One obvious problem with digital media is that there is so much of it. It’s amusing and bewildering to see people linking to the number of articles that they do on Twitter every day. It leaves me with the image of a scavenger combing a third-world rubbish tip, stopping periodically and hoisting an object triumphantly in the air when they’ve found something sufficiently good.
I’m guilty of this too, of course. Everything new seems to have more worth that something that isn’t, and only when I’m planning lectures do I really go digging back in time through my delicious account – which, surprisingly enough, is full of forgotten but interesting things.
One link I have a misty memory of once bookmarking is of a BBC feature, including recordings from their archives of interviews with notable writers. There’s Virginia Woolf, PG Woodhouse and, one I watched last night, with W Somerset Maugham.
The old author is being interviewed by Malcolm Muggeridge who, if I associate him with anything, it is the famous television debate between John Cleese and Michael Palin after the release of Monty Python’s Life of Brian. Muggeridge plays something of a benevolent tease, drawing thoughtful replies out of Somerset Maugham – who says several notable things- many of them with a hint of humour.
‘All novels are every now and then a great deal of a bore, no novel is very interesting all the way through unless it is a very, very short one,’ the writers declares to Muggeridge, who appears to be busily – for some reason – licking his lips. He follows this up with an alluring maxim, in an echo of the famous Victorian stipulation that children should be seen and not heard: ‘writers should be read and not met,’ he breathes with a smile.
Muggeridge coaxes the old author through the interview, like a sea captain urging on a lumbering vessel. Perhaps playing slyly to Somerset Maugham’s prejudices, Muggeridge introduces the topic of television, about which he himself confesses to have ‘very dubious thoughts’, and asks whether this strange new medium ‘might every play a part in novels – in presenting novels?’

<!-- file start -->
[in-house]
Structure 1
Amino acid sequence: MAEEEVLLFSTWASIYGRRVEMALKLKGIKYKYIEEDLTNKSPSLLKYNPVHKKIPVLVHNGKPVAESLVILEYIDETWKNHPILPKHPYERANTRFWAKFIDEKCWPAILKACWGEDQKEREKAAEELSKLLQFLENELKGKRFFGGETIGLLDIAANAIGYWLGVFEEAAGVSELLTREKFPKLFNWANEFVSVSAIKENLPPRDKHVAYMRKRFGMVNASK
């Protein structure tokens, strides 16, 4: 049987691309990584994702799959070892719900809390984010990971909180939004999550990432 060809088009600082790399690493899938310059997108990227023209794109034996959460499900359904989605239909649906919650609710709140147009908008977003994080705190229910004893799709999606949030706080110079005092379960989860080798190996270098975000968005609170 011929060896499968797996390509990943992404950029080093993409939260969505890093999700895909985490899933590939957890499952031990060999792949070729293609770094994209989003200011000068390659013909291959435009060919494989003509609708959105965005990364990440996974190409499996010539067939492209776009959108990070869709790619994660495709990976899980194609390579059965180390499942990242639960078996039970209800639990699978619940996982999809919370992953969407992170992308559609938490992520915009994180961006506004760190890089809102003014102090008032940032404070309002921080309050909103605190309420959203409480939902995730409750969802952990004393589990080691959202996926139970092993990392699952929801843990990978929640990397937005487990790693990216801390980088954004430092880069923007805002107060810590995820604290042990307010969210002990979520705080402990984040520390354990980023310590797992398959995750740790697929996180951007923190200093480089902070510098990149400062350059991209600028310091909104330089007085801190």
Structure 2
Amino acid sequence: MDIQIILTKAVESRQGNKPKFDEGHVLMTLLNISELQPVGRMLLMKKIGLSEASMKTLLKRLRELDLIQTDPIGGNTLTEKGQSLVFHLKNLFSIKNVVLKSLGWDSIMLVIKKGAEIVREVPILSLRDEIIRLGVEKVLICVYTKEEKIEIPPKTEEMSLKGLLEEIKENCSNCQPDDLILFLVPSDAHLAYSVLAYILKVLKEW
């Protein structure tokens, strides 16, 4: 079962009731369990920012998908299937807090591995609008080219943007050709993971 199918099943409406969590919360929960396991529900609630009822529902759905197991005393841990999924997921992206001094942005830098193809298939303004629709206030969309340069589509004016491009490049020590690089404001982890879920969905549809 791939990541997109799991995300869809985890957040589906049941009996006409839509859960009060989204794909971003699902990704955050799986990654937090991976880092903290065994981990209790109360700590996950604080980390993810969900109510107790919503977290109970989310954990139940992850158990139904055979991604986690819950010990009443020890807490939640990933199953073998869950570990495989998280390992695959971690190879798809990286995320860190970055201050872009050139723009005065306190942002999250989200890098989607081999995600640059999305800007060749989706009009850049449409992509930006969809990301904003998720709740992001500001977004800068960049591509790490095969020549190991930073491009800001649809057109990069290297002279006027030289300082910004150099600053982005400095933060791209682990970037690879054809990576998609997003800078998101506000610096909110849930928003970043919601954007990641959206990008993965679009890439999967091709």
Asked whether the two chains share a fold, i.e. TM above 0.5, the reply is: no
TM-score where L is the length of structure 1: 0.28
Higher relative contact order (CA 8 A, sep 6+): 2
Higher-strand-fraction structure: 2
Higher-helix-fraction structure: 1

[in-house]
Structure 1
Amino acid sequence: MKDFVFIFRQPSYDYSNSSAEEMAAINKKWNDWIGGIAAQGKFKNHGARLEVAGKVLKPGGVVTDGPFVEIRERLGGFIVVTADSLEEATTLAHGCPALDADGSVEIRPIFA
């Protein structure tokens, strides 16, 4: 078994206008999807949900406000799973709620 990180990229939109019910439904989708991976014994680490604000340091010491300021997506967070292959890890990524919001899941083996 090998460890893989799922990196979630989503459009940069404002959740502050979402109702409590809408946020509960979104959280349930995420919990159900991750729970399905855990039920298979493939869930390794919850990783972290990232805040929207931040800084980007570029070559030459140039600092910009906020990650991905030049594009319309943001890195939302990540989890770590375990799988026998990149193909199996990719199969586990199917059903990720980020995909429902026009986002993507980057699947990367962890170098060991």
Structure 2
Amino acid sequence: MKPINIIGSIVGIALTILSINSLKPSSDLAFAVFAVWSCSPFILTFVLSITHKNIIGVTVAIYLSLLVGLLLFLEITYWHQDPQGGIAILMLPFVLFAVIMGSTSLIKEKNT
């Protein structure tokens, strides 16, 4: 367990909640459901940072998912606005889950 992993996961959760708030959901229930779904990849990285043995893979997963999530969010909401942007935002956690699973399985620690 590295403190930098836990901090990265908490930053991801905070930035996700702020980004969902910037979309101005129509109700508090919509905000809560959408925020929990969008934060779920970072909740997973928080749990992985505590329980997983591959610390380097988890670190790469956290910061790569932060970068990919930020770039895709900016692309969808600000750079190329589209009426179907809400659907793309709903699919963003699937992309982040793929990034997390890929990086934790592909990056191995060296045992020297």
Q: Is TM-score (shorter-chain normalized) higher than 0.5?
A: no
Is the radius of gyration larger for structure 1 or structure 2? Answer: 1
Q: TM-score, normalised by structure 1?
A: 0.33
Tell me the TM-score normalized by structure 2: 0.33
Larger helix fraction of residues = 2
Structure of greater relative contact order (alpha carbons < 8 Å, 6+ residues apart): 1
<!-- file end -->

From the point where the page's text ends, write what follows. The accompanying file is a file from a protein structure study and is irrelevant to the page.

‘I don’t see how it can be unless the novel is dramatised, and I don’t see why it shouldn’t be,’ returns Somerset Maugham, showing a little more flexibility than Muggeridge. The interviewer then forks off at a prescient tangent in which he inadvertently predicts both dramatised novels and the children’s show Jackanory ‘But if would have to be like a play?’ Muggeridge probes, ‘You don’t think that you could just have somebody reading, like people to children?’
The Somerset Maugham/Muggeridge interview is just one from this BBC series that I enjoyed finding again. This particular example is interesting for a number of reasons. There’s a glimpse into the mind of a past master. You can see how the art of television interviewing began and has evolved. There’s a taste of new technologies, which is nicely enjoyed sixty years on when we’re all grappling with new tools once again. And there is the sound of those antiquated English accents, dancing about matters of literature and life in a succession of ponderous negatives and weird deference.
Ostensibly they’re debating Somerset Maugham’s top ten English novels, and if you’ve got around ten minutes to spare, then – even though it’s old – it’s worth a listen.
Image credit: x ray delta one on Flickr